Research making a difference for children

February 11, 2020

A significant percentage of very young mothers in BC are coping with low income, poor education and mental health challenges. These were the issues highlighted by Katie Hjertaas, Ange Cullen and Charlotte Waddell speaking at SFU Vancouver’s inaugural Lunch ‘n’ Learn event, Feb. 6,  on the topic Improving Children’s Lives Through Research.

This new series of lunch hour sessions showcases how SFU’s Vancouver research is making a positive difference in society.

Hjertaas, Cullen and Waddell came to their understanding of the challenges facing very young mothers in part through working on the BC Healthy Connections Project (BCHCP). This randomized controlled trial aims to assess Nurse-Family Partnership (NFP), an intensive, home-based nursing program for very young mothers and their children. NFP runs throughout pregnancy and the child’s first two years of life.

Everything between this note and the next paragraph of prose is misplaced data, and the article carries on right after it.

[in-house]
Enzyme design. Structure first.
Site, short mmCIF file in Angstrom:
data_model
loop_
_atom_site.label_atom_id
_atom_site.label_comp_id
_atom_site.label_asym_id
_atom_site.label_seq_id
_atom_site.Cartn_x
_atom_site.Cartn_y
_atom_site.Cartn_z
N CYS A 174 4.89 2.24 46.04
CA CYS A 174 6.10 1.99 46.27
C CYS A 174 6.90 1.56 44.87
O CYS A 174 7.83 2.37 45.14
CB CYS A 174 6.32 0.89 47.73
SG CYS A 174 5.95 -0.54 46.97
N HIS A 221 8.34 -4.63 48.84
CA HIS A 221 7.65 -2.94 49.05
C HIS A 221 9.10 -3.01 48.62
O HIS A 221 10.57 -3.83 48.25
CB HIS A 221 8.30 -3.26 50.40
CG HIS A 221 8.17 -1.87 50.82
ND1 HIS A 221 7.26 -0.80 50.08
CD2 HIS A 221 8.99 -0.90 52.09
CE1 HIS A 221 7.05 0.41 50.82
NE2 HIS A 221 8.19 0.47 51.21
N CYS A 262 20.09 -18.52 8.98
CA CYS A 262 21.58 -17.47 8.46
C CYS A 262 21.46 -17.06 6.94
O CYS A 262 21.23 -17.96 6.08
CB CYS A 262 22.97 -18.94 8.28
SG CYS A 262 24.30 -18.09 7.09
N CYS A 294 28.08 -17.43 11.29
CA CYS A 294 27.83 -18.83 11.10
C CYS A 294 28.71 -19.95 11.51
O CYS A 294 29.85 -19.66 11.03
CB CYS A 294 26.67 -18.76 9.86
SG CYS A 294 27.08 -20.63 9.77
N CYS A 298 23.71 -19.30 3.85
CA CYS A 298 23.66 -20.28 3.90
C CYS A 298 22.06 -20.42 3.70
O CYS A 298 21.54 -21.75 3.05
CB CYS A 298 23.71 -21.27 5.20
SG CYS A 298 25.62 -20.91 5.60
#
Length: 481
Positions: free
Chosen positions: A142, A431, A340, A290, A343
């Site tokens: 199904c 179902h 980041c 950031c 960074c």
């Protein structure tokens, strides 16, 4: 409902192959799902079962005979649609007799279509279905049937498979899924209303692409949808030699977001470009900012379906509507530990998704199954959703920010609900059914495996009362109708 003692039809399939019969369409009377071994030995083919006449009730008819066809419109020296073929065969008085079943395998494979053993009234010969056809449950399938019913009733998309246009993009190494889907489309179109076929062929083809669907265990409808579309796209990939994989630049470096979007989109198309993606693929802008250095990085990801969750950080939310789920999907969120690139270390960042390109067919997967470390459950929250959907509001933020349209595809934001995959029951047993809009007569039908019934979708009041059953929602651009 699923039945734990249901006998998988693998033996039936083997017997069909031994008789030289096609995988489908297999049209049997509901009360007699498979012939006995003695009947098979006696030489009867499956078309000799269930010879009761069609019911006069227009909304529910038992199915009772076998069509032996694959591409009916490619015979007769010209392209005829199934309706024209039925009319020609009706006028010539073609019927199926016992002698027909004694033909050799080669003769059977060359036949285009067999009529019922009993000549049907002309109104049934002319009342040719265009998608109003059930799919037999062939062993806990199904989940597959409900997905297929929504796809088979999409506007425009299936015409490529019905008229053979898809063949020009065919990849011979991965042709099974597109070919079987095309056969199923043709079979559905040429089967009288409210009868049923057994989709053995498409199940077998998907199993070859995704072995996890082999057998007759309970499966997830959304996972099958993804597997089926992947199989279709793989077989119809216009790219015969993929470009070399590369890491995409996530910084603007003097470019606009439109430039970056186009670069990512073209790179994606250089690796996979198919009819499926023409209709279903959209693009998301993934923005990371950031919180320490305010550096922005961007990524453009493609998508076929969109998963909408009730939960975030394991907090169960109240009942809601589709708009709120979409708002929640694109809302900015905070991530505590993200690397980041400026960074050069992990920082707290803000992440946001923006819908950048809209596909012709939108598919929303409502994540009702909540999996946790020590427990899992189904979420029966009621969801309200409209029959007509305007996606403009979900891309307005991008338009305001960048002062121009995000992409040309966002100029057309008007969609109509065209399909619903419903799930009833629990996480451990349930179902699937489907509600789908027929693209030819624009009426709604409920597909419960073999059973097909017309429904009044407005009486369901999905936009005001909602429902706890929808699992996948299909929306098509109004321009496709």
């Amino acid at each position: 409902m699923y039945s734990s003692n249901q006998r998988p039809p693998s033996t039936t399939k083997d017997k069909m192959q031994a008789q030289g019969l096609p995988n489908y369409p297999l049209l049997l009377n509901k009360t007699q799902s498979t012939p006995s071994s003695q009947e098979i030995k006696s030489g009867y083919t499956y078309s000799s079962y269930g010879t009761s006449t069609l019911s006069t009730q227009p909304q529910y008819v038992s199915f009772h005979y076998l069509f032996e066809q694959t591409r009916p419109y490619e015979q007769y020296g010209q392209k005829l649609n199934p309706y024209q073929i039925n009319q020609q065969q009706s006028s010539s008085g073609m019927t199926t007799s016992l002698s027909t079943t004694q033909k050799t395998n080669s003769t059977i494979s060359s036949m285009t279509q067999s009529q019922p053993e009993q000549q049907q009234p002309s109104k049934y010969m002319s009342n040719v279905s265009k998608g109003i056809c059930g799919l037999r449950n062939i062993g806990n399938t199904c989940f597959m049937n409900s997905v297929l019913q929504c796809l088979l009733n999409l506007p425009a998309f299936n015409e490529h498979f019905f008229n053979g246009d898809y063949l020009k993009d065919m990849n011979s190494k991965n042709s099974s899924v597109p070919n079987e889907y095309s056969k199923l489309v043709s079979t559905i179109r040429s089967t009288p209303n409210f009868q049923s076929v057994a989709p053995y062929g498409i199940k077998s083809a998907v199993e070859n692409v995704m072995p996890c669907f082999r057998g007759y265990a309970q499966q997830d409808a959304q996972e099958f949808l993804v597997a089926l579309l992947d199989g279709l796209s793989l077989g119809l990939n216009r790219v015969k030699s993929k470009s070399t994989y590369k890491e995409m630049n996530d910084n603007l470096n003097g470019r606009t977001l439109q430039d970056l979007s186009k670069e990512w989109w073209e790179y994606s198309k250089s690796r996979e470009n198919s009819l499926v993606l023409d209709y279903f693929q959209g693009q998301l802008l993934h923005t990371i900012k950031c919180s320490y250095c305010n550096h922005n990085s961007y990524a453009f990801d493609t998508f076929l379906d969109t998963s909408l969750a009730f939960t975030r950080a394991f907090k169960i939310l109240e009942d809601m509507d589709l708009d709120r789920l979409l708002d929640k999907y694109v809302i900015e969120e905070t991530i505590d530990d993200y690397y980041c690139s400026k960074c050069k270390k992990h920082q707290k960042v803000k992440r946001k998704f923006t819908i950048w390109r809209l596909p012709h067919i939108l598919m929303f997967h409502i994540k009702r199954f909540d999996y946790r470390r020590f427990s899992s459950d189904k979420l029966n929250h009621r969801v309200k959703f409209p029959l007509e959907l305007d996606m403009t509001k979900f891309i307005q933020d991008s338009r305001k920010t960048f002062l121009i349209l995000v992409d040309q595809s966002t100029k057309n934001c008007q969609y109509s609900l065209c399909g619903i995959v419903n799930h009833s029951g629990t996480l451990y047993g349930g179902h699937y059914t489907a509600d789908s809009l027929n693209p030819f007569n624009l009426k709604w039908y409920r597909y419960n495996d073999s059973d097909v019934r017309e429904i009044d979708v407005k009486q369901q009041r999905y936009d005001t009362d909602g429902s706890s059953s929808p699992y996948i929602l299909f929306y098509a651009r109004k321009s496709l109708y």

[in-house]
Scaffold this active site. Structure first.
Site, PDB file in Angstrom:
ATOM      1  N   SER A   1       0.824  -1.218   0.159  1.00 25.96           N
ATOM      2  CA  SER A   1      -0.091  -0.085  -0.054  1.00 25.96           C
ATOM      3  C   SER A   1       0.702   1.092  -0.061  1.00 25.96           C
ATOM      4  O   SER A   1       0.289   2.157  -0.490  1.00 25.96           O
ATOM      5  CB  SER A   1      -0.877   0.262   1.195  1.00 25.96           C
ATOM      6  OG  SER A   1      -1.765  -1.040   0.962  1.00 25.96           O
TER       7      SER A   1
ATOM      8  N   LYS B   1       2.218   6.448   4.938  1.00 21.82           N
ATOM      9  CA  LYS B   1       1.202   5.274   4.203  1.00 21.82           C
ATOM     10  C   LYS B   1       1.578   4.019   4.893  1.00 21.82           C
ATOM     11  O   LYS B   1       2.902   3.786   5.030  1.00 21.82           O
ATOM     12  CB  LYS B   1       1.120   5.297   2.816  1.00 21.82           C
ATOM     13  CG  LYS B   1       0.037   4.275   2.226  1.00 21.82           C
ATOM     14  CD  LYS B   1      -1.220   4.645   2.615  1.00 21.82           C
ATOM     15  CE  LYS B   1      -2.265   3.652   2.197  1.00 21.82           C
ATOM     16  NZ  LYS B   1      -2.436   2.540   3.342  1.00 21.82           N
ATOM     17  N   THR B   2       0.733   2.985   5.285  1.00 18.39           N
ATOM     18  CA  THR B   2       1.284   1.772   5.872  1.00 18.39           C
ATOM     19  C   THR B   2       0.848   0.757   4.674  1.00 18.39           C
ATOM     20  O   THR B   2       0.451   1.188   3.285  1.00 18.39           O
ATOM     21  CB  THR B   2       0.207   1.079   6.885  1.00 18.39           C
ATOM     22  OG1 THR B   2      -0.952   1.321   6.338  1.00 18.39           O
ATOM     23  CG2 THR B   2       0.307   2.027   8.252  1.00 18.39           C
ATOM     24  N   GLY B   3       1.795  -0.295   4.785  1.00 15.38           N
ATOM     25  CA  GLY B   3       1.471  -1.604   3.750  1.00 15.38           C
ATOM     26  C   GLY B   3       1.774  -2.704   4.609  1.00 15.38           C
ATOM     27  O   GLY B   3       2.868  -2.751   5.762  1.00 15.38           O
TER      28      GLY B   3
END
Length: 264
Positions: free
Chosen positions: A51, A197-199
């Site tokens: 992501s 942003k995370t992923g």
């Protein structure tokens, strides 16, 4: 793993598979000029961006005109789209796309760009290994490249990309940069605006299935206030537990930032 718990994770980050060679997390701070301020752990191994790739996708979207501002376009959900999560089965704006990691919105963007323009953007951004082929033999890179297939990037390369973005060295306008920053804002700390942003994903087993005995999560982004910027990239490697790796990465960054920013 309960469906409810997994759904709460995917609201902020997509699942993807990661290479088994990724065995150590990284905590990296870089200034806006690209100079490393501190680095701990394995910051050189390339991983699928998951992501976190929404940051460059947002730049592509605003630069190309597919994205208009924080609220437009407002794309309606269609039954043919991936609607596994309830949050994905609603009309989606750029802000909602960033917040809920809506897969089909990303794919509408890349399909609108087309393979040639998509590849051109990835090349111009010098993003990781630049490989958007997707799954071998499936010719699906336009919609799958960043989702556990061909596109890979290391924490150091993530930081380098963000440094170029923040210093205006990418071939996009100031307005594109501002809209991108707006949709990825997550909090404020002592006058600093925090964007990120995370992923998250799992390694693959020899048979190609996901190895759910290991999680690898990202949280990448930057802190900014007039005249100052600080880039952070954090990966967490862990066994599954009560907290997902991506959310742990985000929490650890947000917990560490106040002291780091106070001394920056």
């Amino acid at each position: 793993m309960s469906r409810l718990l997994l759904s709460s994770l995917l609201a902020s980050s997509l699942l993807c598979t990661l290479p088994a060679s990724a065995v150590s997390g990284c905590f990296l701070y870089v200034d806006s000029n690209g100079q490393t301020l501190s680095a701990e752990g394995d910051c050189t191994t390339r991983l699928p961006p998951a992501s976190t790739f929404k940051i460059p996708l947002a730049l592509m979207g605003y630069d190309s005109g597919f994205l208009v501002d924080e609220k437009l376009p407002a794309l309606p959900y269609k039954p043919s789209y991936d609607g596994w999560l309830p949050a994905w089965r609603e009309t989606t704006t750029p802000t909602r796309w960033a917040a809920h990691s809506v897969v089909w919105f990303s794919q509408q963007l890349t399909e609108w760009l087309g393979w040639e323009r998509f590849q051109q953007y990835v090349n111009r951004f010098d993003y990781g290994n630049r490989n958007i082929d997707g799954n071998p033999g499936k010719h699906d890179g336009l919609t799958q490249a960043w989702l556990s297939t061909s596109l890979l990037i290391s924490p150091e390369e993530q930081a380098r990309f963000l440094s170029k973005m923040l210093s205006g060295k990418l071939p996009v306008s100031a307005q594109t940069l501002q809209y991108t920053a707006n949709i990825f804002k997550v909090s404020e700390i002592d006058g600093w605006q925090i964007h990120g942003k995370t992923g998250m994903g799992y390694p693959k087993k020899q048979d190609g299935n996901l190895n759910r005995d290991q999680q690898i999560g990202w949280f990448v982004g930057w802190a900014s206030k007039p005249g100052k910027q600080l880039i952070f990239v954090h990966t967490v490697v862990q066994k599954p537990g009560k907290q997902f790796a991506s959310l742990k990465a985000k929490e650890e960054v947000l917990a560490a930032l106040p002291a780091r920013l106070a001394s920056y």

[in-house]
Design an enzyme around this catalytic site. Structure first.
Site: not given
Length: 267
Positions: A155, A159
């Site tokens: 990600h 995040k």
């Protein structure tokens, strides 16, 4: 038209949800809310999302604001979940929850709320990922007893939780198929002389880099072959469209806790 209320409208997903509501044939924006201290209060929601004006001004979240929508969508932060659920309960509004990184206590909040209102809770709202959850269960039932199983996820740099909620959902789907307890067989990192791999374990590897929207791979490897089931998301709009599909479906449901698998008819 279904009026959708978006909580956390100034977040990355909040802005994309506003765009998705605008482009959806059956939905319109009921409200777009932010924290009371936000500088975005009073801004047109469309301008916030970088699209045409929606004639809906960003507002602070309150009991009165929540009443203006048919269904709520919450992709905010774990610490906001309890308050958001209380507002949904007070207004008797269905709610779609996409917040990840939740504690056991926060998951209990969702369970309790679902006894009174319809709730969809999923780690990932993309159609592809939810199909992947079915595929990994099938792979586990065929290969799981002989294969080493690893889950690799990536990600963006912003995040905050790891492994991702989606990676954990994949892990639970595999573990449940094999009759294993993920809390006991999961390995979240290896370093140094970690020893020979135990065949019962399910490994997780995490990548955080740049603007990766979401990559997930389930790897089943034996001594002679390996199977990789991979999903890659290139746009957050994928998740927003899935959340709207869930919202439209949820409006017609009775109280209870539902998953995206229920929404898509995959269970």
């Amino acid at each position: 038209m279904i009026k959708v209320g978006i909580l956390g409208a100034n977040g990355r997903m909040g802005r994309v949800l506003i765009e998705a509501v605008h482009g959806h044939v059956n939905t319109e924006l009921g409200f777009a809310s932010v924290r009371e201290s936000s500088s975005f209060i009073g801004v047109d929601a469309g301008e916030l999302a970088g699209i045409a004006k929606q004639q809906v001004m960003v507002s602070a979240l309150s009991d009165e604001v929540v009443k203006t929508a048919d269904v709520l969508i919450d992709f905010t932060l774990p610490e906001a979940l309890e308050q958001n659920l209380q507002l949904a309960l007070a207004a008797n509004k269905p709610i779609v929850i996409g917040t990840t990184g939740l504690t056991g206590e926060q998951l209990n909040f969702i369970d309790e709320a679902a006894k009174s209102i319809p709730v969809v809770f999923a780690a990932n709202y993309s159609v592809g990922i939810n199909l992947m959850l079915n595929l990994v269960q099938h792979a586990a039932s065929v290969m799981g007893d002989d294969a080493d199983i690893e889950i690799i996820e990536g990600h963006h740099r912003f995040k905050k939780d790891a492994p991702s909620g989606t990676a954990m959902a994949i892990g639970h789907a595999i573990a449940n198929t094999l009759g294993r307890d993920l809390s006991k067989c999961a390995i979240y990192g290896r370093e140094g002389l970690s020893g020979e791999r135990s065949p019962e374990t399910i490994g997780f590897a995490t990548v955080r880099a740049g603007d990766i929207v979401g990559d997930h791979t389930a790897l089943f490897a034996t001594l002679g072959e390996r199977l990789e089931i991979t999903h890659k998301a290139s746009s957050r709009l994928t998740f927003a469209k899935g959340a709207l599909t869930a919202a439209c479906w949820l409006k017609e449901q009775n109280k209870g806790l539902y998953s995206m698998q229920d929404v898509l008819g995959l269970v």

The talk showed that the 739 girls and young women in the study were coping with daunting challenges when they first enrolled:

  • 83% were living on less than $20,000 per year
  • Half were coping with not having grade 12 or equivalent, and those still in school had their education interrupted by pregnancy
  • Many experienced housing instability
  • 74% were coping with mental or physical health problems that affected their daily activities
  • 56% reported experiencing maltreatment when they were children themselves.

Findings from this study are already informing public health policy locally, nationally and beyond — with more reports to come, particularly on how NFP can benefit children.